Demon of the Well
E3M9 -- Warrens - 100% Kills / 100% Secrets
The quintessential secret map from the original game, this is probably the map that solidified the idea that a secret map should be strange, gimmicky, or heavily conceptual in some way. 'Fortress of Mystery' is of course also a heavily conceptual map, but in all honesty is mostly just a little novelty fragment, and its overarching concept can be comfortably ignored entirely on a continuous playthrough (which seemed to be the norm in the game's early life). I don't personally find it objectionable when a WAD's secret maps are essentially just 'regular' maps (or indeed, when an author makes them part of mandatory progression in order to give himself another mapslot or two to work with), but I do usually look for them in hopes that they'll be a bit oddball in some way, and that began with Warrens. It's perhaps difficult for a more recent audience to conceive of the map's potential impact, since understanding of how secret maps work/where they're positioned is generally common knowledge now, but back in the day this was a pretty cheeky move on id's part.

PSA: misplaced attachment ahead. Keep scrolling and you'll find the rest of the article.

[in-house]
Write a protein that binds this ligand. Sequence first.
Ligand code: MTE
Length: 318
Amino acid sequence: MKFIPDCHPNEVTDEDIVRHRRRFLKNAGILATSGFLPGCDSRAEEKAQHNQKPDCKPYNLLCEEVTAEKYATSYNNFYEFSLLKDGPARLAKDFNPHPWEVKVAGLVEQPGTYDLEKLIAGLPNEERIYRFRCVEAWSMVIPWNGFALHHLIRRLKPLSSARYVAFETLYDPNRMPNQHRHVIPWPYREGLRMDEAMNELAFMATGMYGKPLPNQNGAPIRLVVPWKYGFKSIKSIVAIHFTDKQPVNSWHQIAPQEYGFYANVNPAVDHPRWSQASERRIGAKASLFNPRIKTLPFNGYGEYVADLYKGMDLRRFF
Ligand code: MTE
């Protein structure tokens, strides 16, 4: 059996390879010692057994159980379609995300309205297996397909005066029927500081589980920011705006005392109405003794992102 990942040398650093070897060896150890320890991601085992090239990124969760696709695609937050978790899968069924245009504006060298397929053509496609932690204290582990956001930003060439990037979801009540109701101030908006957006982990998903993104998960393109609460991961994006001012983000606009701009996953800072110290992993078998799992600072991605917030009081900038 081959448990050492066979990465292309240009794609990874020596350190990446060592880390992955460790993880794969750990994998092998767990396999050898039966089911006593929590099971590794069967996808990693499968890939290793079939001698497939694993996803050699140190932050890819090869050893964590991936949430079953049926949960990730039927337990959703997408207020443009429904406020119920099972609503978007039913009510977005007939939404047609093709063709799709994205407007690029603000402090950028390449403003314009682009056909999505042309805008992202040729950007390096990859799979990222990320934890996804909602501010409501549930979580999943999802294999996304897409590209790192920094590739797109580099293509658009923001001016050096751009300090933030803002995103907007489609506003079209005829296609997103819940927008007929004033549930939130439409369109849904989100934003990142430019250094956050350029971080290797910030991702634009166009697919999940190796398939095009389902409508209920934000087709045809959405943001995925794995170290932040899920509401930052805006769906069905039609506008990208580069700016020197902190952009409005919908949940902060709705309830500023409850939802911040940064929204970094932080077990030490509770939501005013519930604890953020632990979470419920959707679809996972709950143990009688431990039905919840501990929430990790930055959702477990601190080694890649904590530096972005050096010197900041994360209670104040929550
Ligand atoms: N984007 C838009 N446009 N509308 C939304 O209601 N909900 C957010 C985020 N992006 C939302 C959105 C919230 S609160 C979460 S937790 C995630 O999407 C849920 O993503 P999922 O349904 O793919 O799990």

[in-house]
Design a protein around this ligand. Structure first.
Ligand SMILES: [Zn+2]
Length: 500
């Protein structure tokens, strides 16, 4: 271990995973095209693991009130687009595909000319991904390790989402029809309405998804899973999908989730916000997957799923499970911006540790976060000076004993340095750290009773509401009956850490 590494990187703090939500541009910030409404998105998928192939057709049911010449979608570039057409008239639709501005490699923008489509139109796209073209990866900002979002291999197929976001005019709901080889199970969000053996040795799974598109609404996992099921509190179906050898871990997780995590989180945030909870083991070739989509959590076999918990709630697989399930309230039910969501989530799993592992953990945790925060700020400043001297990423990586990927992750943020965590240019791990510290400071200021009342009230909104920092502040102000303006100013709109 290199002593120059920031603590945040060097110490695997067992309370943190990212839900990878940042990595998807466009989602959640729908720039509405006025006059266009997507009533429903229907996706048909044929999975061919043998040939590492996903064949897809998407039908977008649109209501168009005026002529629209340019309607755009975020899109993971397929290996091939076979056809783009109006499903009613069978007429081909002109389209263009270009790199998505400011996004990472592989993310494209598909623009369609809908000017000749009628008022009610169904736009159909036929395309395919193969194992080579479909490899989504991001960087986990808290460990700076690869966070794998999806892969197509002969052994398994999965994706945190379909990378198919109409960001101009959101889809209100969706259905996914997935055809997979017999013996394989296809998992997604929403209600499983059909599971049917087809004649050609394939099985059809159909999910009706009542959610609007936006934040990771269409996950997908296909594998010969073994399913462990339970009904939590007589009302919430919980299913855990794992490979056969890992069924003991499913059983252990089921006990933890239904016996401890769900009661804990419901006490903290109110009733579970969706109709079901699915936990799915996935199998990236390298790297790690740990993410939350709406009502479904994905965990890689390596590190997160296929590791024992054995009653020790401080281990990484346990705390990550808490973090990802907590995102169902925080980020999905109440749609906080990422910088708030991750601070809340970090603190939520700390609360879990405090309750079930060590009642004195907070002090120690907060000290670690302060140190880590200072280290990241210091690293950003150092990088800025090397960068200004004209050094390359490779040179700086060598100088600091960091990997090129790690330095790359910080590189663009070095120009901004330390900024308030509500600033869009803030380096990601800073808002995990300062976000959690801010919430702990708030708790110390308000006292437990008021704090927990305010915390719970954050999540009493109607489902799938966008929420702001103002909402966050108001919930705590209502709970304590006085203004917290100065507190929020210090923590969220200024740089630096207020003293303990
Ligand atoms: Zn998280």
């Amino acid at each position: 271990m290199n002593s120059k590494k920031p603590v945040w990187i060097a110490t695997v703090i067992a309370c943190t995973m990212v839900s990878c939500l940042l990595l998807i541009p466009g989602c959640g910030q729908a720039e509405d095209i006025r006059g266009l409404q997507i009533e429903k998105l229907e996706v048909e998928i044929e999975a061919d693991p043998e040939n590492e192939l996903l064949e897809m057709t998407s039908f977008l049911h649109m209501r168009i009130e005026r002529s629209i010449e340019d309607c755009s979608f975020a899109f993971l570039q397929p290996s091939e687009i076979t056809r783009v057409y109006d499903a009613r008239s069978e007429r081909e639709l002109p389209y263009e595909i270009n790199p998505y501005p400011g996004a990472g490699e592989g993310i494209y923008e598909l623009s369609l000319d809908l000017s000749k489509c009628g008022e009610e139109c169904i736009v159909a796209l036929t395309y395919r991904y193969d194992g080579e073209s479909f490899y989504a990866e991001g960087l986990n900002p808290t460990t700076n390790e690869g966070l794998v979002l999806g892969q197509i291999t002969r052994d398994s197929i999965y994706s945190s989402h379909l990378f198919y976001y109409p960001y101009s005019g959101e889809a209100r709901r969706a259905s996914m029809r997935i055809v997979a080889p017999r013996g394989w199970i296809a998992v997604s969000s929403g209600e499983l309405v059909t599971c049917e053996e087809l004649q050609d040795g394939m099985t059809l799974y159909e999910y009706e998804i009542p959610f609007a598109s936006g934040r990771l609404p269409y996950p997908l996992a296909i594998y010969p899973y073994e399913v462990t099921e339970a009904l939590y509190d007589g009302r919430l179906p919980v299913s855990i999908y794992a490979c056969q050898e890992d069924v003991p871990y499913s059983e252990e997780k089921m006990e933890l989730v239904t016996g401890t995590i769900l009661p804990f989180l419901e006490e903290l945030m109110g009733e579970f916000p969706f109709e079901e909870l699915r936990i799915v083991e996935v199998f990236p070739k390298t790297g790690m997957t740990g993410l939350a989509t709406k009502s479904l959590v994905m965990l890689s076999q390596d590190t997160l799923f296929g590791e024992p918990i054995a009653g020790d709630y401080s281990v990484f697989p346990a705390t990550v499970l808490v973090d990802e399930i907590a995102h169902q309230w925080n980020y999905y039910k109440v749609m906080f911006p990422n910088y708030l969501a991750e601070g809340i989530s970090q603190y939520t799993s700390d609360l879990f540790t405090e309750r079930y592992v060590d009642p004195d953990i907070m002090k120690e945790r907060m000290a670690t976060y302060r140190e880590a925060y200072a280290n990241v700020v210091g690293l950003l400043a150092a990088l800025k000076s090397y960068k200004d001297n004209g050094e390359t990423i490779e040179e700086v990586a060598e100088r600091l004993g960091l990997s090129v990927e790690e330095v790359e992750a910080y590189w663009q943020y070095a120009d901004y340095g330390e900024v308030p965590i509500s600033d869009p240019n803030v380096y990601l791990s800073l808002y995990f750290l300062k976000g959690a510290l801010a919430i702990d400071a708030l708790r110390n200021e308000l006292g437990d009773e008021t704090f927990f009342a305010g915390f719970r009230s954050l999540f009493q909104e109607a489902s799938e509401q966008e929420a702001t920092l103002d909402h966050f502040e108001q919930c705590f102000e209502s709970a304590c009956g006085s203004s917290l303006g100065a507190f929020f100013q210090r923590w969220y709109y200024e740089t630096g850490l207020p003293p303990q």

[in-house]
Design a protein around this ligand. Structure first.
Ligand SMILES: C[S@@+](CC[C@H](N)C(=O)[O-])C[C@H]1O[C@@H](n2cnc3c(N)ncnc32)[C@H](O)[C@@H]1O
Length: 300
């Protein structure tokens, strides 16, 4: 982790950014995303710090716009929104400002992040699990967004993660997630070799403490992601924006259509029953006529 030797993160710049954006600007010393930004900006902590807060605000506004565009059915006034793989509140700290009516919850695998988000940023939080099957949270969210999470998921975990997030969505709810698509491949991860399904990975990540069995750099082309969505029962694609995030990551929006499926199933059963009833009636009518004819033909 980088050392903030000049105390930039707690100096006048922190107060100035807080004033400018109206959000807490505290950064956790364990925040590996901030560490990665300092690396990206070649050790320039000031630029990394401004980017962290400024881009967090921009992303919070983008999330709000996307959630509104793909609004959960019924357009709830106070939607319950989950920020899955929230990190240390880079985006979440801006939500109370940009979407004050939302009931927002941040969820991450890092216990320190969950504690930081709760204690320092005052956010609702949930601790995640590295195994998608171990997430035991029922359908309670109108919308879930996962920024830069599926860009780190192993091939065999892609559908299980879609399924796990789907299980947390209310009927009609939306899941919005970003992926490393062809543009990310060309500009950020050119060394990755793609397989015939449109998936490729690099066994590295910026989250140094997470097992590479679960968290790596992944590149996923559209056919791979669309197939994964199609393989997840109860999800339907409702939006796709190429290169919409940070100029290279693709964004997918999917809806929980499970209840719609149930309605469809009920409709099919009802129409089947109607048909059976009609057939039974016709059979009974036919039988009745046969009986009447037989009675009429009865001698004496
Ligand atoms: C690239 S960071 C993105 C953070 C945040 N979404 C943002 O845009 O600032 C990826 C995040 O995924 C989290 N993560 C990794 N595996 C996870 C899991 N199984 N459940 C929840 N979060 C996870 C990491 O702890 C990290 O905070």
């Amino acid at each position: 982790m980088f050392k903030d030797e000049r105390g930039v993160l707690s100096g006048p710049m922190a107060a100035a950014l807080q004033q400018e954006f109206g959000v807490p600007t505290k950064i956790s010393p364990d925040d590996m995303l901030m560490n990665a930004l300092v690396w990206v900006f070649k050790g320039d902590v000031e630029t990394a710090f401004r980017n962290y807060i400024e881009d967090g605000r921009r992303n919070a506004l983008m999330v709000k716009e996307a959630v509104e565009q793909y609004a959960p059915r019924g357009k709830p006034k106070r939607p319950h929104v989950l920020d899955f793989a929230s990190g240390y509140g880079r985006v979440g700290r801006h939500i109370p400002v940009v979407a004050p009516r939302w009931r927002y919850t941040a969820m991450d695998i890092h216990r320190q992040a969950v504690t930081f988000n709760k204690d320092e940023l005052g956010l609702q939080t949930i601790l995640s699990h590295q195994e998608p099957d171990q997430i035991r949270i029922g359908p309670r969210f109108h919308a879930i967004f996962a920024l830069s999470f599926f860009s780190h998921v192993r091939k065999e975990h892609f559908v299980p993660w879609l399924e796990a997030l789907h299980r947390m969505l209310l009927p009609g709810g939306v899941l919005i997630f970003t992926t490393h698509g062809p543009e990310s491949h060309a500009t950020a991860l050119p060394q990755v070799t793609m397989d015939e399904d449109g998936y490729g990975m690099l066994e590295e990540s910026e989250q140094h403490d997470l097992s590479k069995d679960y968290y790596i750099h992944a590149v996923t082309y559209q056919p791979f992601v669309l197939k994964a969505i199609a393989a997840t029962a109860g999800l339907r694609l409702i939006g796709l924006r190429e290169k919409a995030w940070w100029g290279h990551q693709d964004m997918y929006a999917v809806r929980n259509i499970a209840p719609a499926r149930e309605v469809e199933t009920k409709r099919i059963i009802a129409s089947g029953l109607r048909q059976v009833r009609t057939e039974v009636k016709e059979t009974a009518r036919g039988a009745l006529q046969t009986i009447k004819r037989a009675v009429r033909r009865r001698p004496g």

I've fought so far into Hell and overcome so much, so why am I back in Hell Keep again? Is my game glitched? Is this some kind of cruel joke? Do I really have to fight all the way back through Hell again? At least I still have my weapons...wait...